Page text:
Long before deer season, he starts by identifying fields that abut south-facing slopes, where deer love to bed in cold weather. Then he plants soybeans along the north edge of the field, and hangs a stand in the wood line, preferably near a pinch point. Next, he fences off a triangular portion of the plot—all in bow range of his stand—to keep the deer out and the plants full of forage until winter. If necessary, he also plants screens of Egyptian wheat to hide his entry and exit.
In late September, Simpson overseeds the bean plot with oats, to provide the green winter forage deer crave then. “When harvesttime comes for the area farmers, they tend to take everything, and my place becomes a deer magnet,” Simpson says. Finally, as the late season nears, he removes the fence and waits for the mercury to plummet. “The colder, the better. Those really frigid temps always come in on a north or northwest wind, which is perfect.”
Snapping the trap is a simple matter of waiting for a huge buck to show. What isn’t so easy is keeping ultrawary deer from catching on. Exiting the stand—after a bunch of hungry deer have come to the plot—is the biggest challenge. “I sometimes sit in my stand until midnight, waiting for a good buck to get off the plot.”
It doesn’t usually come to that. “There are always going to be deer in the field, so you can’t just walk out,” he says. If the spot is accessible by vehicle, he calls his wife to pick him up. Otherwise, if the big deer are not out yet, and the others are at least 75 yards off, he waits for full dark and slips out along a ditch or creek bed. He goes super slow and uses binoculars to watch the deer, whose dark bodies are visible against the snow. “If there’s a big deer out there, I’m waiting. No matter how long it takes. It’s all worth it when he comes out a little earlier next time.”
Hardcore Hunt No. 5: The Call of the Wild
Expert: Drew Myers
Years’ Hunting: 27
Location: Northwestern Ontario
Most whitetail hunters walk maybe half a mile to a stand where they know deer are nearby. Myers, who hunts the vast Canadian woods near the northern limit of whitetail range, commonly hikes a dozen miles or more in a day just to find a good buck. “I kill whitetails with my boots,” he says.
Like most big-woods habitat, Myers’s ground has very low deer densities overall. “There are pockets with good concentrations of whitetails,” he says, “but in between are huge swaths of nothing. Plus, we have wolves, which means that you can locate an area with deer, come back in a week, and find they’ve simply moved out.”
So Myers’s big-woods strategy starts with covering a ton of ground, but it’s not a random search. “I focus on ridges with fairly open timber close to thick security cover, like a clear-cut or beaver pond.” Myers moves quickly from one pocket of prime habitat to another, looking for big, fresh tracks and buck sign. But once he’s convinced there’s a buck nearby, the chase is over. Now, he makes the buck come to him.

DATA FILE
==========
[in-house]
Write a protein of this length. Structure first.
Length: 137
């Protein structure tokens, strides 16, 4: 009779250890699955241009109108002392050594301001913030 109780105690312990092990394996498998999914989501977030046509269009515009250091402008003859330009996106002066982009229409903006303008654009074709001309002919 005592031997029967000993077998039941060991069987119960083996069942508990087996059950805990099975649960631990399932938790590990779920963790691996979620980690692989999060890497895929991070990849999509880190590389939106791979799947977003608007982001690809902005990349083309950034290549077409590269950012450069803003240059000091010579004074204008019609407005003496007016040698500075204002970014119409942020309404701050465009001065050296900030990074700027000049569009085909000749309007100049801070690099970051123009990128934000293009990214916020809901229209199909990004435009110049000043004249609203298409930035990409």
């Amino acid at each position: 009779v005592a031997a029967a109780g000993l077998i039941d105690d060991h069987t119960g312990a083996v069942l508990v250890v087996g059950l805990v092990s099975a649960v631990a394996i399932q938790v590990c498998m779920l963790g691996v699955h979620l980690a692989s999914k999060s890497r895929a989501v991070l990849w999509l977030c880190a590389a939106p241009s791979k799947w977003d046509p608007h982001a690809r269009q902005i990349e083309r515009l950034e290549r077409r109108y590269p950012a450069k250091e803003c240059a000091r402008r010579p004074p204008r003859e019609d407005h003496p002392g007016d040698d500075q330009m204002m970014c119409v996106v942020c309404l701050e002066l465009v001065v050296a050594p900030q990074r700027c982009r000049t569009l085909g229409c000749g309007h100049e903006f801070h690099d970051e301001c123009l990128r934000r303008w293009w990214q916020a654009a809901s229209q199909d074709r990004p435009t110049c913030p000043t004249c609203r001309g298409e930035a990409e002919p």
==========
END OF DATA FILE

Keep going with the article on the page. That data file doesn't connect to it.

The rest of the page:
“Wilderness deer, especially in my area, can be very naive when it comes to rattling and calling,” he says. “I’ve had bucks come running to the horns or a grunt tube, and I’ve shot more than one buck I thought was going to crash into me.” He sets up in a good position to shoot before making a sound, because the action can go from zero to 60 in a hurry, he says. “Most of my shots are well under 50 yards.” Then the really hard work starts. “My longest drag was 4 miles. I killed the buck at 9 a.m. and got back to the truck after dark.”
Hardcore Hunt No. 6: The Four-Day Deer Drive
Expert: Mickey Hellickson
Years’ Hunting: 39
Location: Southern Iowa
One of the country’s top whitetail researchers, Mickey Hellickson has taken three giants—a 160, a 170, and a 196—on late-season drives.
A native Iowan, Hellickson lives in Texas but returns home every year to hunt the state’s late shotgun season with family and friends. “I love the camaraderie and teamwork of the gun hunt,” he says. It’s a good thing, because the strategy his team employs requires that they work in perfect unison. In a highly coordinated multiday campaign, Hellickson and his crew combine stand hunting and driving to put their ground’s biggest bucks right where they want them. The tactic is designed to make each day better than the last.
“We sit early and late, and make drives at midday,” he says. “On the first day, we push small blocks of timber on the outskirts of the hunting area, moving deer toward the interior of the property.” On the second day, they drive tracts slightly inward from the day before. “We repeat this each day, always moving deer closer to the center of the property. By the last day, we are pushing timber that is just chock-full of deer.”
Over the years, Hellickson and his crew have paid very close attention to what big bucks do when they get pushed, which has helped them dial in exactly where to position the posters. “If you’re on watch during one of those last-day drives, you’d better be on your toes because the action will be hot. We’ve had pushes where four or five mature bucks have run past one stander.”
Hardcore Hunt No. 7: The Long (Cold!) Vigil
Expert: Garry Greenwalt
Years’ Hunting: 30
Location: Eastern Washington
Garry Greenwalt, owner of Washington’s Wild Country Guide Service (wildcountrygs.com), has taken 13 P&Y-class bucks.
We all know to sit a hot food source when it gets really cold, but most of us are proud if we can endure a couple of hours on stand this time of year. Greenwalt pulls dark-to-dark sits during mountain weather fronts that pile up snow and drive the mercury down to “this is insane!” levels.
“On the coldest day I’ve ever sat, I had one of my guides drop me off two hours before light, and because he was taking care of clients, he couldn’t pick me up until an hour after dusk,” Greenwalt says. “The warmest it got that day was minus 25 straight temp, and winds were steady in the 10- to 20-mph range. I was borderline hypothermic when I finally crawled out of that treestand.”
But if you’ve got a good late-season food source, it’s worth it, says Greenwalt, because a good buck is almost bound to show up eventually. He stresses the importance of sticking it out through midday. “A mature buck is just as likely to feed from 10 to 2 now as he is at dawn or dusk.”
So convinced of this is Greenwalt that he tells his clients that he’d rather have them skip the so-called prime time of early morning or late afternoon than miss midday. “Plus,” he says, “every extra minute you’re out there ups your odds of tagging a really good buck. When my busy time with clients finally calms down and I get a chance to hunt for myself in the late season, I’m going dark-to-dark, no matter how cold it gets out there.”